Neurology Central

Environmental toxin linked to Alzheimer’s pathology in new animal model

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Scientists from the Institute of Ethnomedicine (WY, USA) and the University of Miami Brain Endowment Bank (FL, USA) have today published results of a study investigating the role of the environmental toxin termed beta-Methylamino-L-alanine (BMAA) in increasing the risk of Alzheimer’s disease. The study, which was published in the Proceedings of the Royal Society B, suggests that chronic exposure to BMAA could cause the build up of protein deposits characteristic of Alzheimer’s and some other neurodegenerative diseases.

The potential significance of BMAA as an environmental toxin was first highlighted through the study of an indigenous population on the Pacific island of Guam. Scientists studying this population observed a high rate of a rare condition that was linked to dementia and presented some symptoms characteristic of Alzheimer’s disease, amyotrophic lateral sclerosis and Parkinson’s disease. One common theme across the island was the presence of high levels of BMAA within their diets, highlighting the potential link between environmental toxins and the development of neurodegenerative diseases.

In the current investigation, the research team evaluated the effects of BMAA and the amino acid L-serine on protein deposition in the brain in vervets for 140 days. The vervets were split into groups receiving either fruit dosed with BMAA, fruit dosed with equal amounts of L-BMAA and L-serine or placebo. Those receiving only BMAA and BMAA plus L-serine both developed neurofibrillary tangles and amyloid deposits after the 140 day period, however those receiving L-serine had a reduced density of the tangles. The placebo group exhibited no evidence of neuropathology.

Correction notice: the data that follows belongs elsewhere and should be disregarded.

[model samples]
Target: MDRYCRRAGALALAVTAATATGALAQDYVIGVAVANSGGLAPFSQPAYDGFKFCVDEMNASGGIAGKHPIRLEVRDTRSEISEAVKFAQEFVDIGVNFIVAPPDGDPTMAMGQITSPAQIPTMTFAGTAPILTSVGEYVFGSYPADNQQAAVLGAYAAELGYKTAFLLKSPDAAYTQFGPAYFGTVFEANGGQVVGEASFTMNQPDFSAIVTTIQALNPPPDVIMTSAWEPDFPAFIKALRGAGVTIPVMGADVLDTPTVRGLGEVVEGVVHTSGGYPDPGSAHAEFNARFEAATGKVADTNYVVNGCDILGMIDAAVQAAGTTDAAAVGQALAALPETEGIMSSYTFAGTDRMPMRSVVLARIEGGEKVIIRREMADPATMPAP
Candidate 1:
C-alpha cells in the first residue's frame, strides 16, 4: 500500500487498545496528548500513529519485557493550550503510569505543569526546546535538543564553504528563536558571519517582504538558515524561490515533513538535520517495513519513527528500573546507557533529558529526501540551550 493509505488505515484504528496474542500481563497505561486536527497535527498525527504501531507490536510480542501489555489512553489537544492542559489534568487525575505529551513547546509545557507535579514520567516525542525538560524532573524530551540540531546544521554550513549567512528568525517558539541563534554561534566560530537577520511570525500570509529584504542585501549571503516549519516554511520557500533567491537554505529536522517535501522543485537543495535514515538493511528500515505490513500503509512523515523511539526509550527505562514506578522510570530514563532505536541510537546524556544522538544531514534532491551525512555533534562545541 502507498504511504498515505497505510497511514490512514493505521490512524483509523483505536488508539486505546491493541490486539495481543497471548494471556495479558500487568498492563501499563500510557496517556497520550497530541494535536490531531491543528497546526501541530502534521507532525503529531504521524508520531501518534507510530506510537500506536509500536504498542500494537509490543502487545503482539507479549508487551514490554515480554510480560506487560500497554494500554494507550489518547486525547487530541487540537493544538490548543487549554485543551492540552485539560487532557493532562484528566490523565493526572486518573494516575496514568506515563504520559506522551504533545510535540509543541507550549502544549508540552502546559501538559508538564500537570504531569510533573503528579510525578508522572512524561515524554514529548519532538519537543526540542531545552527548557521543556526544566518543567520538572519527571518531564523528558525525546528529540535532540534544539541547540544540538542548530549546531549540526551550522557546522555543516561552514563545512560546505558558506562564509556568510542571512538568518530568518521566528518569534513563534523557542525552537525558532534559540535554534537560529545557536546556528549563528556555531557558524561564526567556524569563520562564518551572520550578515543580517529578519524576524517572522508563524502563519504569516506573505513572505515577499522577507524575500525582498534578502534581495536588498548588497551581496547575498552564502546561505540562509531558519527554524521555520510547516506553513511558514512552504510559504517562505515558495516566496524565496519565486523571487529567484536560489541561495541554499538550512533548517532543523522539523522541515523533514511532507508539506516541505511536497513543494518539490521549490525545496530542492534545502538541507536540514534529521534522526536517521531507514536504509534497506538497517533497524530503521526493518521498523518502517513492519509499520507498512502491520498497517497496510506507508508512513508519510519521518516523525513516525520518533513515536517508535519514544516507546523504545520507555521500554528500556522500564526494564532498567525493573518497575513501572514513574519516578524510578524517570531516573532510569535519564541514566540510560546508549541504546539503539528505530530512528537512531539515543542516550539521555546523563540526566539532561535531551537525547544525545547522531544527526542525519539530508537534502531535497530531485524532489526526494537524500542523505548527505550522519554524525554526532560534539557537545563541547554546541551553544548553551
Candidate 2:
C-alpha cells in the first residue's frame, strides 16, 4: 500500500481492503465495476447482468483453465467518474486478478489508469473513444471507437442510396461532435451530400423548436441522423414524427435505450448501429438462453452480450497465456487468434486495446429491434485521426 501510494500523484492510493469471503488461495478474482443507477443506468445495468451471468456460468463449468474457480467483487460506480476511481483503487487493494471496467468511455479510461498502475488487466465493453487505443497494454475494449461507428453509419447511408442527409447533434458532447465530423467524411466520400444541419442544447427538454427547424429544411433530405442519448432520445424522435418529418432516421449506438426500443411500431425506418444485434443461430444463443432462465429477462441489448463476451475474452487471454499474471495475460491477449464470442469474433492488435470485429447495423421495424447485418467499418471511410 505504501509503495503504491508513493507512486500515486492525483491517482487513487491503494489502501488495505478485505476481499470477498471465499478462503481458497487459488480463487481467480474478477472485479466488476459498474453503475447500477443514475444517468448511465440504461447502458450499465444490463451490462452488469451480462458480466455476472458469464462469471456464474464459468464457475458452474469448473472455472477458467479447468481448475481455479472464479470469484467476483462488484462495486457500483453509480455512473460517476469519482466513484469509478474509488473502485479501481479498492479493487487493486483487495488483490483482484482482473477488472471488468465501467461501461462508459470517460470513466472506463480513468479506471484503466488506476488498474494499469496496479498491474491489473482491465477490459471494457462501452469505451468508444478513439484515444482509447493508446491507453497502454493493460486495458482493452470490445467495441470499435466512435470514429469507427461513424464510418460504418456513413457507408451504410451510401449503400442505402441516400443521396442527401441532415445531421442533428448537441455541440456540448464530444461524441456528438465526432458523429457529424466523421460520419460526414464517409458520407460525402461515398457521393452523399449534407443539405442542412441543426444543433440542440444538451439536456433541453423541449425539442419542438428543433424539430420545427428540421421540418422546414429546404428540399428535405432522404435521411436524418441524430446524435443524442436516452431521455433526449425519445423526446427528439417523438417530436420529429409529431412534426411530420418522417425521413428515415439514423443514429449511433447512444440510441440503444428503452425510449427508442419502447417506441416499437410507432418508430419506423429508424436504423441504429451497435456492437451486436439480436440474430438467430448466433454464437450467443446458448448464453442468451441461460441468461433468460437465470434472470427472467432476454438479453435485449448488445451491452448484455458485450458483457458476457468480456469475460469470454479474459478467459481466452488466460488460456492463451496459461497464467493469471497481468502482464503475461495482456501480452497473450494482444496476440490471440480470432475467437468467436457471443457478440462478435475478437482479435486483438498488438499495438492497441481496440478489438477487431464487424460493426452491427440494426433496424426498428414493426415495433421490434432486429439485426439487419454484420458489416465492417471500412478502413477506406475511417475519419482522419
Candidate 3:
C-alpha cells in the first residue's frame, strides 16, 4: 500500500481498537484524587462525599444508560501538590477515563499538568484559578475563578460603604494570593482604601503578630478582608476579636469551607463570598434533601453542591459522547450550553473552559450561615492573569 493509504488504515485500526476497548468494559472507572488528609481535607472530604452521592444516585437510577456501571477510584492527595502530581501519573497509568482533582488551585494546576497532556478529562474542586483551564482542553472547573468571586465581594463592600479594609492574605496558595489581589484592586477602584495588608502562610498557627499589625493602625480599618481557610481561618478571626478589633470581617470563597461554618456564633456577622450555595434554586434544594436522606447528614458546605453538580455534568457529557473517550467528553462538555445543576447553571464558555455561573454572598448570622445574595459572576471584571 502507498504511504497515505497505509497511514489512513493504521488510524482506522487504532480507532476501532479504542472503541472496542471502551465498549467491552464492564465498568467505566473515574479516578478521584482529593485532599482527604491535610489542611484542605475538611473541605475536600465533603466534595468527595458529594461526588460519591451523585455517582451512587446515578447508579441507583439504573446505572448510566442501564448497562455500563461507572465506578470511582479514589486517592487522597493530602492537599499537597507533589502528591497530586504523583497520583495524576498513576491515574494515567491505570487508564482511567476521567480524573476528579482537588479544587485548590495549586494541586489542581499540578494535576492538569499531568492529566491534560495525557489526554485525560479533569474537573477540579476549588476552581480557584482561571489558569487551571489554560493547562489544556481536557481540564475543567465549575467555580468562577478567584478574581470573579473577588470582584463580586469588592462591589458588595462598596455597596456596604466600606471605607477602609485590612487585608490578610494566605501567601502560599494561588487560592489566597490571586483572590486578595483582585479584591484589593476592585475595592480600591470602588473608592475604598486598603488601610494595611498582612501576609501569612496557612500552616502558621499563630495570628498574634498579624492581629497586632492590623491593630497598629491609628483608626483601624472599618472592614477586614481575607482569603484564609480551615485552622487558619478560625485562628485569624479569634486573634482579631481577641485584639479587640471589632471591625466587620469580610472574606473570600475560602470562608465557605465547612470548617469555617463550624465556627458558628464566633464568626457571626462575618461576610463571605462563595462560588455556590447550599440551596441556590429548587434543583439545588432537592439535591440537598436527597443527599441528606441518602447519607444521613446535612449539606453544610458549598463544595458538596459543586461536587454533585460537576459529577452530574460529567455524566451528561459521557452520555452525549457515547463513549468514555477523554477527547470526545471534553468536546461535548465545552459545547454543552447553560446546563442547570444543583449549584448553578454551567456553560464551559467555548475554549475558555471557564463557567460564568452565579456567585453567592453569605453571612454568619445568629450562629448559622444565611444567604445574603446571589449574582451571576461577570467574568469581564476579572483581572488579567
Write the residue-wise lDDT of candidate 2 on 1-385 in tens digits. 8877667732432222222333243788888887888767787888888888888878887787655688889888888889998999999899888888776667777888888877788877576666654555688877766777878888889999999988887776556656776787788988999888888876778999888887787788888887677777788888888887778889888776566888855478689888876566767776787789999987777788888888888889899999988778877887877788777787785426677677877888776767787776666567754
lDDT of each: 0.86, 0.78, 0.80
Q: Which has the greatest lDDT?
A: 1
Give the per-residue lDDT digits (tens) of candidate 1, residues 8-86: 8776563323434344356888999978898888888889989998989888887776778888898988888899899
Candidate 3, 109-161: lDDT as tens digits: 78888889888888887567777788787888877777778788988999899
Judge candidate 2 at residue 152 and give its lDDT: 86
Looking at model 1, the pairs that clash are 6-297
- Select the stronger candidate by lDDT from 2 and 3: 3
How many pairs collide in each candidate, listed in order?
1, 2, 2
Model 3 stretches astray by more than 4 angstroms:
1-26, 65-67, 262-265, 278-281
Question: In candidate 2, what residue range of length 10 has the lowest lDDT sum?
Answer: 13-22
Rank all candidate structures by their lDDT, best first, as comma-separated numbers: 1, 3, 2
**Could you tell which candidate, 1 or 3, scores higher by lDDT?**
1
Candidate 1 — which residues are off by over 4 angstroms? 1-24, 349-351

In a follow-up replication, BMAA was administered at a dose similar to the amount ingested by Guam locals over a lifetime in one group, at a tenth of the dose in another group and in the third group equal amounts of L-BMAA and L-serine were administered. A fourth group again received a placebo.

Following a 140 day period, both tangles and amyloid deposits were present in the brains of all vervets that received BMAA. Despite this, there was again a significant reduction in tangle density in individuals that received equal L-serine.

“Our findings show that chronic exposure to BMAA can trigger Alzheimer’s-like brain tangles and amyloid deposits,” explained Paul Alan Cox (Institute of Etrhnomedicine). “As far as we are aware, this is the first time researchers have been able to successfully produce brain tangles and amyloid deposits in an animal model through exposure to an environmental toxin.”

Cox does not however advocate patients taking L-serine currently: “The FDA has not approved its use for the treatment of neurodegenerative illness, and much more research is needed. However, this new animal model may prove useful in evaluating other potential new Alzheimer’s drugs.”

The Institute of Ethnomedicine is currently sponsoring FDA-approved human clinical trials to investigate the effects of L-serine in people with ALS and is also hoping to begin a Phase I human clinical trial of L-serine in collaboration with Dartmouth Medical School (NH, USA) for patients diagnosed with mild cognitive impairment or early Alzheimer’s disease.

Look out for more insight into this study in Neurology Central’s exclusive interview with Dr Paul Cox, coming soon.

Sources: Institute of Ethnomedicine press release

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